As higher levels of reliability are sought, it will become increasingly important to understand the relationship between the adhesive formulation and its bonded substrate. Johnson Matthey has been addressing this need by using molecular modeling to simulate the physical effects of adhesive components on properties such as adhesion, surface spread or bleed, and underfill flow. Newtonian molecular modeling was chosen as a method of choice because of ease of use and the increased system size capability over quantum techniques. Additionally, by using a molecular modeling method as opposed to a continuum calculation, the individual components of an adhesive may be theoretically manipulated without pre-determination of properties or property effects. The potential utility of the technique lies in the prediction or confirmation of property trends when different components or processes are used. Two major areas of interest have involved bleed and adhesion. For spreading issues such as bleed, calculations have involved the modeling of specific monomeric components on various substrates, with subsequent comparison to experimental results. Although not quantitative, the modeling has allowed us to determine qualitative trend directions of formulation components, including the spurious effects of moisture. The modeling technique is also being used to understand the impact of formulation on underfill flow. Similar techniques were used to predict polymer adhesive behavior, in which the predicted adhesion trend was calculated to generally fall with the surface energy, in agreement with the literature. In addition, calculations are being used to determine adhesive trend directions under the influence of moisture for reliability correlation. For moisture studies of adhesion and flow it was assumed that moisture concentrated at the interfaces contribute greatly to the failure of the material, which is consistent with other studies done at NIST detecting moisture accumulation at interfaces.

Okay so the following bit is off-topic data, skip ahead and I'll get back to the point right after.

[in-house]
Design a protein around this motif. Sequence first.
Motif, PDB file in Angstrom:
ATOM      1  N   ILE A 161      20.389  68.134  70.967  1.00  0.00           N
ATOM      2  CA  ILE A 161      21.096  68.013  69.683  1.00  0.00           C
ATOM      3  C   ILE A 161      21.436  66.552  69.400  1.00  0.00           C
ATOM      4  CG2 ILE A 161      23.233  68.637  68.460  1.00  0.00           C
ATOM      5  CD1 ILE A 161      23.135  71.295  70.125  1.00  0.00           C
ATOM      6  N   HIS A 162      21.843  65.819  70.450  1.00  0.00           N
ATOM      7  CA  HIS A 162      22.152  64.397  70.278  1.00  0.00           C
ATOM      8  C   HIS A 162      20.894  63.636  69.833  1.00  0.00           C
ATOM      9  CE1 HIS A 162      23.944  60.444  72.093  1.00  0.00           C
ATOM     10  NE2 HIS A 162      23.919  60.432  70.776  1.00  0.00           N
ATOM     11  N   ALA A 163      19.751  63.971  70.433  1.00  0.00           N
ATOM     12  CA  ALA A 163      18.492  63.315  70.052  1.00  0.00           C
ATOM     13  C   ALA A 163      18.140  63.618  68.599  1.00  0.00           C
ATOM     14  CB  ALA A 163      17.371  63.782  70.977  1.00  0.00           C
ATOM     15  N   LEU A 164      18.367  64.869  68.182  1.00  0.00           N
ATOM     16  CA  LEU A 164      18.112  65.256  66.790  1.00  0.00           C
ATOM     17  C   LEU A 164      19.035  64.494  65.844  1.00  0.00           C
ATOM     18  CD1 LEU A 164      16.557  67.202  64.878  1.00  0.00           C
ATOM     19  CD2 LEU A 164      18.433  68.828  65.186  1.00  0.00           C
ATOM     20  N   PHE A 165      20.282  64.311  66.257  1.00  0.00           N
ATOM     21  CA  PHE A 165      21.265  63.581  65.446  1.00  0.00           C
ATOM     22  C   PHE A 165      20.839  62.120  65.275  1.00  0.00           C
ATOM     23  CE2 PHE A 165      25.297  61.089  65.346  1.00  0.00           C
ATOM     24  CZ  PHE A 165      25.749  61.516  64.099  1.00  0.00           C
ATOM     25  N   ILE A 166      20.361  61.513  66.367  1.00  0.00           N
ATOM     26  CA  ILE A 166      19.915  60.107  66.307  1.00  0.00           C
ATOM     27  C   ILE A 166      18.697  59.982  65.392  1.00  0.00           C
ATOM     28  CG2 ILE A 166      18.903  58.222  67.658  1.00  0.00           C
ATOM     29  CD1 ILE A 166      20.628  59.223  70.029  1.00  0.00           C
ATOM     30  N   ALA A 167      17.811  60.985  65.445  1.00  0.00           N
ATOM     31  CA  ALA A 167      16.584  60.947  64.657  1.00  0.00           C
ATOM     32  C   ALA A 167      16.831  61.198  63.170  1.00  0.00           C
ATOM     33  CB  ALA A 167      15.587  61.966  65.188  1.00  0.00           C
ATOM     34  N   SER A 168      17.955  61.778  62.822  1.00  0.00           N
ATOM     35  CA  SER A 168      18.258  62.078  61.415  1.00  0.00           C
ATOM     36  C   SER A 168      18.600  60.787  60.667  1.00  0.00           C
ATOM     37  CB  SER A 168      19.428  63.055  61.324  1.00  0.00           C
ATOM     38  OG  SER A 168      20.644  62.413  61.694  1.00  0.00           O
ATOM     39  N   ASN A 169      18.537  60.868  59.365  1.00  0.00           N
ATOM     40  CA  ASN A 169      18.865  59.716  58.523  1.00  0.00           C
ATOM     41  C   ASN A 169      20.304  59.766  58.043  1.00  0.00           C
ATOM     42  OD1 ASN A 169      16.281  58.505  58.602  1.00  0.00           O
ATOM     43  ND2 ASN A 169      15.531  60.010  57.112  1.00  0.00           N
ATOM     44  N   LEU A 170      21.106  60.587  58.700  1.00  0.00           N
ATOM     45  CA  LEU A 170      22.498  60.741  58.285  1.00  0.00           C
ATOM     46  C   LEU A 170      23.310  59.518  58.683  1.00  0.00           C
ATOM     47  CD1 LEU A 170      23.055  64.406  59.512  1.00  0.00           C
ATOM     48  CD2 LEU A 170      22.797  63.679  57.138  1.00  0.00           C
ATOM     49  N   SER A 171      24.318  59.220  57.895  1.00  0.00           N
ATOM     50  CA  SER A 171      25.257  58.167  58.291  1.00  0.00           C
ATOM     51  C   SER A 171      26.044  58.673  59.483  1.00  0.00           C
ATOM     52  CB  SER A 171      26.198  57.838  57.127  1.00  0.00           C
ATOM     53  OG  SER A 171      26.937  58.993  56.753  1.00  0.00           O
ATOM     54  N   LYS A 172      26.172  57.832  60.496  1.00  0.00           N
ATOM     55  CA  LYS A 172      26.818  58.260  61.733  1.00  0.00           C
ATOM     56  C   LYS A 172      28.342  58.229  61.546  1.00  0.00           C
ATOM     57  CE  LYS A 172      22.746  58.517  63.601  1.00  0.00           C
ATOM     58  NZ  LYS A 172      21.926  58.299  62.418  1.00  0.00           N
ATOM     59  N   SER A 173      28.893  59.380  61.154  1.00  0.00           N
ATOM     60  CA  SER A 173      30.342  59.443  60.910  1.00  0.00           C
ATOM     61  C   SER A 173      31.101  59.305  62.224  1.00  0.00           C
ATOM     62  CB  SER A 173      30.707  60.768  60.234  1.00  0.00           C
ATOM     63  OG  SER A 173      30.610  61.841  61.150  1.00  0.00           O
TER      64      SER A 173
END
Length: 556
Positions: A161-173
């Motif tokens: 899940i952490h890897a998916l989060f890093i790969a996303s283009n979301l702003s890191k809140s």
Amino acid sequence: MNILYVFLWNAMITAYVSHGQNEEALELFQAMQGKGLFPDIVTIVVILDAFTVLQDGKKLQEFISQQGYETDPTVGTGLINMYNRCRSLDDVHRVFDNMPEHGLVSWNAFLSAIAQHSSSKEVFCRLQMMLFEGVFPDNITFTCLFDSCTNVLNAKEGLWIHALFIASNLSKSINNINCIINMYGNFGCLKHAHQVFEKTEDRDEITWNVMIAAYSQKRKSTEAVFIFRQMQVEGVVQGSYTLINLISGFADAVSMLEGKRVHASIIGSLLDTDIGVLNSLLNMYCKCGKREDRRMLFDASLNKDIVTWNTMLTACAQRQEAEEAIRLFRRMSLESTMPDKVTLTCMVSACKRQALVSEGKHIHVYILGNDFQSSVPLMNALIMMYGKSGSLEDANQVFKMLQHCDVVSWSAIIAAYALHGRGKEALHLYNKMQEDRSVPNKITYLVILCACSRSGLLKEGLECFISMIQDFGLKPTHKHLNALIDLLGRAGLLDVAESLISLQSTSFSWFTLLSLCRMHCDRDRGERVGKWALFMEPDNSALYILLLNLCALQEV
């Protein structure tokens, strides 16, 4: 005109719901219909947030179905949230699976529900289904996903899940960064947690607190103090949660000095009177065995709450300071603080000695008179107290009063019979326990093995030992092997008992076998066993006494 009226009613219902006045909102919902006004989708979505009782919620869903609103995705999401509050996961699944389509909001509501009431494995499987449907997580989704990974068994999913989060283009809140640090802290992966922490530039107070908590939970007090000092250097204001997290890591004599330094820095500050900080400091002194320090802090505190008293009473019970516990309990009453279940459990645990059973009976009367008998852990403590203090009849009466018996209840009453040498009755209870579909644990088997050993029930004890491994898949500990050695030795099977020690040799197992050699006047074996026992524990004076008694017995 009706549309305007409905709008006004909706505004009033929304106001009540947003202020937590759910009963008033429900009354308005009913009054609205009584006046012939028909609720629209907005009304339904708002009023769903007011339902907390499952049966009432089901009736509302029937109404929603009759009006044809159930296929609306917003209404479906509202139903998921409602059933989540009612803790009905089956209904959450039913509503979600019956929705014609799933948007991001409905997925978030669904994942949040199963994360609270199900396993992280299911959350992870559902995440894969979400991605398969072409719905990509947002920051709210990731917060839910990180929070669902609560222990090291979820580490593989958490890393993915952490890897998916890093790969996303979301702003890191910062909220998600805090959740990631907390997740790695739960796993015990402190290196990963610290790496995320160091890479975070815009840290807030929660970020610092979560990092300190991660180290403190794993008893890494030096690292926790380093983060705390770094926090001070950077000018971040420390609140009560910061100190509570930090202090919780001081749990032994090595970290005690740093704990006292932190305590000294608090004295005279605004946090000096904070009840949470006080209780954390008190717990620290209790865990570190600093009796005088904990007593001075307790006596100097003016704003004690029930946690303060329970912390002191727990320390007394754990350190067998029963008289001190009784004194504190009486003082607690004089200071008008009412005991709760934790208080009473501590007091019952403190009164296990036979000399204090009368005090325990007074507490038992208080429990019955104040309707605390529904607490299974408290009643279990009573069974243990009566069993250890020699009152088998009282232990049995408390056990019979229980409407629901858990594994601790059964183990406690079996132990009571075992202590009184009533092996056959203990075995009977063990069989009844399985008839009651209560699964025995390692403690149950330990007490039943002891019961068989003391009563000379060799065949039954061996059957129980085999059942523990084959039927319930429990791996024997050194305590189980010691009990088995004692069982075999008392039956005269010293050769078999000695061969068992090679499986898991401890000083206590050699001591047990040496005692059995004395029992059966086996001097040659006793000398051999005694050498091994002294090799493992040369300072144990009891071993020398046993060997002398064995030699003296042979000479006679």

Chair: Elizabeth G. Jacobs 
Wednesday Morning, April 15, 1998 
Salon 1

8:30 AM J3.1 
PHASED-IN Cr-Cu AS UNDER-BUMP METALIZATION FOR HIGH-Pb AND EUTECTIC SnPb SOLDERS. Ann A. Liu, TRW Space & Electronics Group, Redondo Beach, C A; G.Z. Pan, H.K. Kim & K.N. Tu, Dept of Materials Science & Engineering, UCLA, Los Angeles, CA; P.A. Totta, IBM East Fishkill Facility, Hopewell Junction, NY.